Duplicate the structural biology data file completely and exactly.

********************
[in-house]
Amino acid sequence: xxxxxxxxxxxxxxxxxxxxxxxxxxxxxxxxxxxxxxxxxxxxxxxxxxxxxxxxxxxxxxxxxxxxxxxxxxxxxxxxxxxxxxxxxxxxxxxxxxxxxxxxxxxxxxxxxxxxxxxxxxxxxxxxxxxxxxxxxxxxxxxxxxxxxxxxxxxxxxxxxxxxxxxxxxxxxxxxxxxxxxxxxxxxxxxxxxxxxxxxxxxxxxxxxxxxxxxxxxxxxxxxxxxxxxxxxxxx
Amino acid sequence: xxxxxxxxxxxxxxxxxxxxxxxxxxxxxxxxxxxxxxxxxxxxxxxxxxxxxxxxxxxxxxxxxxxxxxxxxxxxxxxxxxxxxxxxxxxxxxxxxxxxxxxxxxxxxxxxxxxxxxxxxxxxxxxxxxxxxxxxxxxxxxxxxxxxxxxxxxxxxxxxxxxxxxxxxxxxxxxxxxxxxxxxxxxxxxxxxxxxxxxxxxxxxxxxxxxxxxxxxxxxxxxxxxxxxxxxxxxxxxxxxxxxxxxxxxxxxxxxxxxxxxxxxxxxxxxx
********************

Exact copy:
[in-house]
Amino acid sequence: xxxxxxxxxxxxxxxxxxxxxxxxxxxxxxxxxxxxxxxxxxxxxxxxxxxxxxxxxxxxxxxxxxxxxxxxxxxxxxxxxxxxxxxxxxxxxxxxxxxxxxxxxxxxxxxxxxxxxxxxxxxxxxxxxxxxxxxxxxxxxxxxxxxxxxxxxxxxxxxxxxxxxxxxxxxxxxxxxxxxxxxxxxxxxxxxxxxxxxxxxxxxxxxxxxxxxxxxxxxxxxxxxxxxxxxxxxxx
Amino acid sequence: xxxxxxxxxxxxxxxxxxxxxxxxxxxxxxxxxxxxxxxxxxxxxxxxxxxxxxxxxxxxxxxxxxxxxxxxxxxxxxxxxxxxxxxxxxxxxxxxxxxxxxxxxxxxxxxxxxxxxxxxxxxxxxxxxxxxxxxxxxxxxxxxxxxxxxxxxxxxxxxxxxxxxxxxxxxxxxxxxxxxxxxxxxxxxxxxxxxxxxxxxxxxxxxxxxxxxxxxxxxxxxxxxxxxxxxxxxxxxxxxxxxxxxxxxxxxxxxxxxxxxxxxxxxxxxxx